Egyptian TV: Darwin, Nietzsche, and a Certain God
By: Mohammed Kheir
Published Wednesday, August 1, 2012
A new show on Egyptian television hosted by young preacher Moez Masoud takes a more sophisticated stab at atheism, hoping to draw doubters back to their faith.
At first glance, The Journey to Certainty (Rehlat al-Yaqeen), a show presented by the Islamic preacher Moez Masoud, comes across as a sequel to Science and Faith (al-Ilm wal Iman), the famous show that was presented in the past by physician and writer Mustafa Mahmoud on Egyptian television.
Back in the eighties, Science and Faith was one of most viewed television shows in Egypt. The premise of this famous television program was the reconciliation of science and religion, or more precisely, using science to reinforce “religious certainty.”
Similarly, this premise serves as the basis for the young preacher’s new show.
Even the show’s title sequence resembles that of Science and Faith, with scenes from nature and of living creatures moving in succession over serene and suggestive background music.
Nonetheless, the new program has added more “scientific” shots, including some of planes taking off, different kinds of medical pills and tablets, and people crossing streets in modern-looking cities.
Yet The Journey to Certainty soon diverges from the common ground with Science and Faith, breaking away from the old show in the first few episodes. Masoud’s program does not address science in general, or the various kinds of experiments conducted by scientists.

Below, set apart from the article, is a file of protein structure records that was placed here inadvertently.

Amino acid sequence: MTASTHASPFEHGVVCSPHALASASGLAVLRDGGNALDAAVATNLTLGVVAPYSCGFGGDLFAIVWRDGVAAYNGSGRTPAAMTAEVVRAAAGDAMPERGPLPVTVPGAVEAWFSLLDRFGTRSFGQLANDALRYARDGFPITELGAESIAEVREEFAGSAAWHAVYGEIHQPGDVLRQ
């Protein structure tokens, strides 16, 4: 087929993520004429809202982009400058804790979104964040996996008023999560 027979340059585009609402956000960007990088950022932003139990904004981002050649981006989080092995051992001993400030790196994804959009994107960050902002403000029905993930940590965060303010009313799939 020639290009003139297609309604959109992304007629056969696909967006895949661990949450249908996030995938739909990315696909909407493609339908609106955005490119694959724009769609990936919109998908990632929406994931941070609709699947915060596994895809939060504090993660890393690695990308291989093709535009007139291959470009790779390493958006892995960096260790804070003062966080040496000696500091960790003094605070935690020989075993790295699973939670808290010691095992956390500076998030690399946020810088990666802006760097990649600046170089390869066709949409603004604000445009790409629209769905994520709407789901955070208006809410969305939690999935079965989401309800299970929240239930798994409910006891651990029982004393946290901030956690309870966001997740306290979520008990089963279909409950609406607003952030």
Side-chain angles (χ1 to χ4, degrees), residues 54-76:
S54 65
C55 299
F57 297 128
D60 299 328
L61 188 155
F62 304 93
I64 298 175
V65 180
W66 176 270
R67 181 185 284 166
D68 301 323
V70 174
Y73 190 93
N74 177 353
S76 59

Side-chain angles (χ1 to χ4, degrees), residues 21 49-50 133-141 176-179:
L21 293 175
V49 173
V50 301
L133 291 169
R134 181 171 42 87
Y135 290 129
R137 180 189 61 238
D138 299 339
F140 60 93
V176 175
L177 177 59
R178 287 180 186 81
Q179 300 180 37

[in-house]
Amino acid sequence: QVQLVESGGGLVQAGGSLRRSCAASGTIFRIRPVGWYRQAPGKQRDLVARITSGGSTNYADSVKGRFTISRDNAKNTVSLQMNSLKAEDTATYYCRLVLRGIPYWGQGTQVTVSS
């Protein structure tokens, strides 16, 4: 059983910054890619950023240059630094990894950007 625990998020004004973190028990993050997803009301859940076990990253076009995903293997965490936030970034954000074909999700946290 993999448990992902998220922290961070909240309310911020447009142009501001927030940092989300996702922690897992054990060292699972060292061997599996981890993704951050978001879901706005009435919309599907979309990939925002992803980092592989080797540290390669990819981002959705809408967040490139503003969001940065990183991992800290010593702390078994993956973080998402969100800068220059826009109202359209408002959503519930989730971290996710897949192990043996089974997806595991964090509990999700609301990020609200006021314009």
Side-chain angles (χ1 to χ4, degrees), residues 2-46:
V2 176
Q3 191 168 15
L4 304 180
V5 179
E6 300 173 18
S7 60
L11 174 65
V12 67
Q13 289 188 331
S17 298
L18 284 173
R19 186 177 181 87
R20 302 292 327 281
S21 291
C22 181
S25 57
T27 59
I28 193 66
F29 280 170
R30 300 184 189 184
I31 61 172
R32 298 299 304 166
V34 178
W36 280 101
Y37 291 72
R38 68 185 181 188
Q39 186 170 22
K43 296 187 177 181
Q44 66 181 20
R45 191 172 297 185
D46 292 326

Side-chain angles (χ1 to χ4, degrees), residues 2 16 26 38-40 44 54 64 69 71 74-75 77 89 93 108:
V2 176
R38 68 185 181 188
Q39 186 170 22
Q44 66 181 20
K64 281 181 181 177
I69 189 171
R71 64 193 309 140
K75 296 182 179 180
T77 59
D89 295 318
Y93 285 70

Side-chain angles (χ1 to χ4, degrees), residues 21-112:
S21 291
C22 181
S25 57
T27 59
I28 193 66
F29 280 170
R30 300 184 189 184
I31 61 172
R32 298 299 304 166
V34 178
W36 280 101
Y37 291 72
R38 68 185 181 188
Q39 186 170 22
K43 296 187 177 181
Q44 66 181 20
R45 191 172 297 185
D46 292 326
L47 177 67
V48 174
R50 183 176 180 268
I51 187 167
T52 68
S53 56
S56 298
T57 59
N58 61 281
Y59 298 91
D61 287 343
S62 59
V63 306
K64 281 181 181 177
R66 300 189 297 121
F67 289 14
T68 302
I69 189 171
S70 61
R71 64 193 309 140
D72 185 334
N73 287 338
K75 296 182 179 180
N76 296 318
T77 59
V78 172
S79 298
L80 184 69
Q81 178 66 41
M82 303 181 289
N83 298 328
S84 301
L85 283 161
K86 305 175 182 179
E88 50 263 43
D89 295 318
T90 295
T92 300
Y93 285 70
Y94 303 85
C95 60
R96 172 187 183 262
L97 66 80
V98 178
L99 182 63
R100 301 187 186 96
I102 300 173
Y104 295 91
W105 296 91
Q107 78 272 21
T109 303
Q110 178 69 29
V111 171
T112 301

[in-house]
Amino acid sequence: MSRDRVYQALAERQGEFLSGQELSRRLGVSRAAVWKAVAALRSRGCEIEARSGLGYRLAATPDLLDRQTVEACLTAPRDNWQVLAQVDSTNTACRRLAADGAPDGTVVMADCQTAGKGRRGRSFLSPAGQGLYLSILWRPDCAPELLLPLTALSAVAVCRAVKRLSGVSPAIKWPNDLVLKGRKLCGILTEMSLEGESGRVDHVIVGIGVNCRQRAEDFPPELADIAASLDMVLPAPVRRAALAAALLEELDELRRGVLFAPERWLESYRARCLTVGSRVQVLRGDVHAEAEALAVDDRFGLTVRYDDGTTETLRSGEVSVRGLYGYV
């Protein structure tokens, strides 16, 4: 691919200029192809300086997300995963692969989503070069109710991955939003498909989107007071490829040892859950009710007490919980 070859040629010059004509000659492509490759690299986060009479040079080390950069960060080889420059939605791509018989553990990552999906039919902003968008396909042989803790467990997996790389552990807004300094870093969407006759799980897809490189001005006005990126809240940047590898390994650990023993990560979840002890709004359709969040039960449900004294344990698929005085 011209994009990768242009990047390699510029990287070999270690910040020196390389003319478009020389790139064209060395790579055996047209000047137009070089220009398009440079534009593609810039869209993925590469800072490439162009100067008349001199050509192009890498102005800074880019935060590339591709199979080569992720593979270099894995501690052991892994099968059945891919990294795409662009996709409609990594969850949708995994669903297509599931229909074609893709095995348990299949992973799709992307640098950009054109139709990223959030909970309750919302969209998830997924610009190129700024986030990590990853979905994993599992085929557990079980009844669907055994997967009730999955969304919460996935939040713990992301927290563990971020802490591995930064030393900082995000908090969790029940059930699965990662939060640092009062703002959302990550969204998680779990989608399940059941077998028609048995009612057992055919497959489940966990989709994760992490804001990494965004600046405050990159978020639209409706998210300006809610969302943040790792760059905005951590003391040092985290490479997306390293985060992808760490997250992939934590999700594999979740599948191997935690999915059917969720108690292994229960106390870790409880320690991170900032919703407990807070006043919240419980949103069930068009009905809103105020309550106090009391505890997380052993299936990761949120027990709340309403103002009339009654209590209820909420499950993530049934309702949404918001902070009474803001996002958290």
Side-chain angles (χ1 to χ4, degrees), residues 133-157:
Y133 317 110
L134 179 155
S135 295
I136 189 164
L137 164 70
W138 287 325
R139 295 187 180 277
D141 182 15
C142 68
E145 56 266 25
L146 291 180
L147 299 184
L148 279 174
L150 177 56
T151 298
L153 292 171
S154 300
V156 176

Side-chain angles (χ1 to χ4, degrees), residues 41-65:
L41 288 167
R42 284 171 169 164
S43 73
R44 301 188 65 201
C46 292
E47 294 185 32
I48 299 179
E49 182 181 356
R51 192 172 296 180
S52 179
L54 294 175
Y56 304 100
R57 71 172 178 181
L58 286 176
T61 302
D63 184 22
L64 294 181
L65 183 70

The young preacher is more interested in the issue of “religious certainty,” or the existence of God, and debates the ideas of what he dubs “the prominent atheists,” such as the German philosopher Nietzsche, Charles Darwin and Richard Dawkins.
Of course, The Journey to Certainty debates their ideas in order to rebut them. This approach is in fact no different than the one found in the practice of responding to suspicions about Islam, which is popular on religious websites.
One difference, however, is that the program offers its rebuttals in a modern context, wherein scientific and philosophical ideas are somewhat respected. The same goes for the human inclination toward skepticism, as the need to discuss faith-related concerns is acknowledged.